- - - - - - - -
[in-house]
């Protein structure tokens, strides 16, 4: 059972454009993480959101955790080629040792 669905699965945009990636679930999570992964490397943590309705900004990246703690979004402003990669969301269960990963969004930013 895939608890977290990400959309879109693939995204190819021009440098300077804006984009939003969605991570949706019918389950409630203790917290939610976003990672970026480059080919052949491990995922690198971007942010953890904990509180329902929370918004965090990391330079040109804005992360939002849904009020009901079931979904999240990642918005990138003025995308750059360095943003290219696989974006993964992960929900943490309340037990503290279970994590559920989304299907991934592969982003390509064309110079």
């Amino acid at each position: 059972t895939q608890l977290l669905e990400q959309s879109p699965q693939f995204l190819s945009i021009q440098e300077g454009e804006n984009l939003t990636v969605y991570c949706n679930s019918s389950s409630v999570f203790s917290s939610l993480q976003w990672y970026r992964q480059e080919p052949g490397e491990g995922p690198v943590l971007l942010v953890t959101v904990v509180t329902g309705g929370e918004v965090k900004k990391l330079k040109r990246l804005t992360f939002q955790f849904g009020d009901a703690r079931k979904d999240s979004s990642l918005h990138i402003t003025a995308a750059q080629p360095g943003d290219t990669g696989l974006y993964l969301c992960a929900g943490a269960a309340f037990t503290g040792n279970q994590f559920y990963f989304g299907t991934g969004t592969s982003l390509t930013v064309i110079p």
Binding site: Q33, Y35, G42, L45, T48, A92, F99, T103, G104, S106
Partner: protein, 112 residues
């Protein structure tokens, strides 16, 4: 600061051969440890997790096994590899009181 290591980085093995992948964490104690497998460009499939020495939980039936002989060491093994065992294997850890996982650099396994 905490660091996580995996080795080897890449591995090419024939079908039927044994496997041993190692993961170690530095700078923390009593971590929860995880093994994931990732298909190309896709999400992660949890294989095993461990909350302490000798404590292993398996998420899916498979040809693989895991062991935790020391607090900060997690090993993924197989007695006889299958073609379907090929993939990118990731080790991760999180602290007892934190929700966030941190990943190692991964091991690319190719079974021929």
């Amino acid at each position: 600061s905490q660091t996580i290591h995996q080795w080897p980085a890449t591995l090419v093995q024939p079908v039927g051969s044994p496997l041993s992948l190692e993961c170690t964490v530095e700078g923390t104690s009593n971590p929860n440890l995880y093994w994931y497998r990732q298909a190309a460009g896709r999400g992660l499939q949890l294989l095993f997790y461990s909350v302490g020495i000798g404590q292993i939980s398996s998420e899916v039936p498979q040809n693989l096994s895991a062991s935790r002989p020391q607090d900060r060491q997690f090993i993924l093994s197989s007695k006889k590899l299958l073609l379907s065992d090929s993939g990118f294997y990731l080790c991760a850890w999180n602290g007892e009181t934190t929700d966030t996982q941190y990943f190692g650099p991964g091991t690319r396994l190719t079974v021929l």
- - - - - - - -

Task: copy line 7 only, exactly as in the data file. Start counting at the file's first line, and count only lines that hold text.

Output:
């Amino acid at each position: 600061s905490q660091t996580i290591h995996q080795w080897p980085a890449t591995l090419v093995q024939p079908v039927g051969s044994p496997l041993s992948l190692e993961c170690t964490v530095e700078g923390t104690s009593n971590p929860n440890l995880y093994w994931y497998r990732q298909a190309a460009g896709r999400g992660l499939q949890l294989l095993f997790y461990s909350v302490g020495i000798g404590q292993i939980s398996s998420e899916v039936p498979q040809n693989l096994s895991a062991s935790r002989p020391q607090d900060r060491q997690f090993i993924l093994s197989s007695k006889k590899l299958l073609l379907s065992d090929s993939g990118f294997y990731l080790c991760a850890w999180n602290g007892e009181t934190t929700d966030t996982q941190y990943f190692g650099p991964g091991t690319r396994l190719t079974v021929l």